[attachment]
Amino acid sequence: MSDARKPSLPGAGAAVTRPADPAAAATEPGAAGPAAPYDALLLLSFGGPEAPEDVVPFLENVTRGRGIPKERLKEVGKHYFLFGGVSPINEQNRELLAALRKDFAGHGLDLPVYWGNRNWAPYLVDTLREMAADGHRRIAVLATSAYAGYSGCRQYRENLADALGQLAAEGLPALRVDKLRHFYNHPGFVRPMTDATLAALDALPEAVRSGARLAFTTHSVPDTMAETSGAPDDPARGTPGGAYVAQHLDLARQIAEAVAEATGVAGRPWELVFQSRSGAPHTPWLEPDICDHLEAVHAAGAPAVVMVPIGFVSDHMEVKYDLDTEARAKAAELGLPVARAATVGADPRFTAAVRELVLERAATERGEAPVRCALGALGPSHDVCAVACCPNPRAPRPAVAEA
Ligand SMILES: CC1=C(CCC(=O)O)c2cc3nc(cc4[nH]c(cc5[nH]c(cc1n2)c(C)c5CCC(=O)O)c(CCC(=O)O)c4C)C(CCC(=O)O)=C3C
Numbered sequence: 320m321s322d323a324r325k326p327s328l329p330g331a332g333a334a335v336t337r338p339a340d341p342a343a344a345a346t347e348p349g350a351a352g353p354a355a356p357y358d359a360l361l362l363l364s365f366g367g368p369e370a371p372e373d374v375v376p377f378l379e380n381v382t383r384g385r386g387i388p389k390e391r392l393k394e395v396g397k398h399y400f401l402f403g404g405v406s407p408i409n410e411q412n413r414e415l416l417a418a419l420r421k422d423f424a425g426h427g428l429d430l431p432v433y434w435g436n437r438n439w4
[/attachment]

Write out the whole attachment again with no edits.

Amino acid sequence: MSDARKPSLPGAGAAVTRPADPAAAATEPGAAGPAAPYDALLLLSFGGPEAPEDVVPFLENVTRGRGIPKERLKEVGKHYFLFGGVSPINEQNRELLAALRKDFAGHGLDLPVYWGNRNWAPYLVDTLREMAADGHRRIAVLATSAYAGYSGCRQYRENLADALGQLAAEGLPALRVDKLRHFYNHPGFVRPMTDATLAALDALPEAVRSGARLAFTTHSVPDTMAETSGAPDDPARGTPGGAYVAQHLDLARQIAEAVAEATGVAGRPWELVFQSRSGAPHTPWLEPDICDHLEAVHAAGAPAVVMVPIGFVSDHMEVKYDLDTEARAKAAELGLPVARAATVGADPRFTAAVRELVLERAATERGEAPVRCALGALGPSHDVCAVACCPNPRAPRPAVAEA
Ligand SMILES: CC1=C(CCC(=O)O)c2cc3nc(cc4[nH]c(cc5[nH]c(cc1n2)c(C)c5CCC(=O)O)c(CCC(=O)O)c4C)C(CCC(=O)O)=C3C
Numbered sequence: 320m321s322d323a324r325k326p327s328l329p330g331a332g333a334a335v336t337r338p339a340d341p342a343a344a345a346t347e348p349g350a351a352g353p354a355a356p357y358d359a360l361l362l363l364s365f366g367g368p369e370a371p372e373d374v375v376p377f378l379e380n381v382t383r384g385r386g387i388p389k390e391r392l393k394e395v396g397k398h399y400f401l402f403g404g405v406s407p408i409n410e411q412n413r414e415l416l417a418a419l420r421k422d423f424a425g426h427g428l429d430l431p432v433y434w435g436n437r438n439w4